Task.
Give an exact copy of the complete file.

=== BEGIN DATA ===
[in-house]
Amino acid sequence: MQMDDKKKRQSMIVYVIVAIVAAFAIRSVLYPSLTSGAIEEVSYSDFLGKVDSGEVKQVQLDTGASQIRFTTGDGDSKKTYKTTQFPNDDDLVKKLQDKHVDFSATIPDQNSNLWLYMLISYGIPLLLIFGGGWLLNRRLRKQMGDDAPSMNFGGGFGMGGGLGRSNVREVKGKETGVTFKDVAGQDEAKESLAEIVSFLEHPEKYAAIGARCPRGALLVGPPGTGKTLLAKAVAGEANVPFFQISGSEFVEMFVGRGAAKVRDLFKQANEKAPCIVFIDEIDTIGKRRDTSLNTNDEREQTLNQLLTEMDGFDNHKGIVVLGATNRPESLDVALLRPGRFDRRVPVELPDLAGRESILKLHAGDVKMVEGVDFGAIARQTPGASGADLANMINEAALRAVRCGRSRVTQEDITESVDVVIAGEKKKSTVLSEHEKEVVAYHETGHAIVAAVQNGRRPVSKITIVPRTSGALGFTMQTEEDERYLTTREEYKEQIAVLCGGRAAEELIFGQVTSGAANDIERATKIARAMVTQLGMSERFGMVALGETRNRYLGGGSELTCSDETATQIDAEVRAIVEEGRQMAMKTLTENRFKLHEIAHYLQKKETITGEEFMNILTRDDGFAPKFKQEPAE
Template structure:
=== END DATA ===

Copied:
[in-house]
Amino acid sequence: MQMDDKKKRQSMIVYVIVAIVAAFAIRSVLYPSLTSGAIEEVSYSDFLGKVDSGEVKQVQLDTGASQIRFTTGDGDSKKTYKTTQFPNDDDLVKKLQDKHVDFSATIPDQNSNLWLYMLISYGIPLLLIFGGGWLLNRRLRKQMGDDAPSMNFGGGFGMGGGLGRSNVREVKGKETGVTFKDVAGQDEAKESLAEIVSFLEHPEKYAAIGARCPRGALLVGPPGTGKTLLAKAVAGEANVPFFQISGSEFVEMFVGRGAAKVRDLFKQANEKAPCIVFIDEIDTIGKRRDTSLNTNDEREQTLNQLLTEMDGFDNHKGIVVLGATNRPESLDVALLRPGRFDRRVPVELPDLAGRESILKLHAGDVKMVEGVDFGAIARQTPGASGADLANMINEAALRAVRCGRSRVTQEDITESVDVVIAGEKKKSTVLSEHEKEVVAYHETGHAIVAAVQNGRRPVSKITIVPRTSGALGFTMQTEEDERYLTTREEYKEQIAVLCGGRAAEELIFGQVTSGAANDIERATKIARAMVTQLGMSERFGMVALGETRNRYLGGGSELTCSDETATQIDAEVRAIVEEGRQMAMKTLTENRFKLHEIAHYLQKKETITGEEFMNILTRDDGFAPKFKQEPAE
Template structure: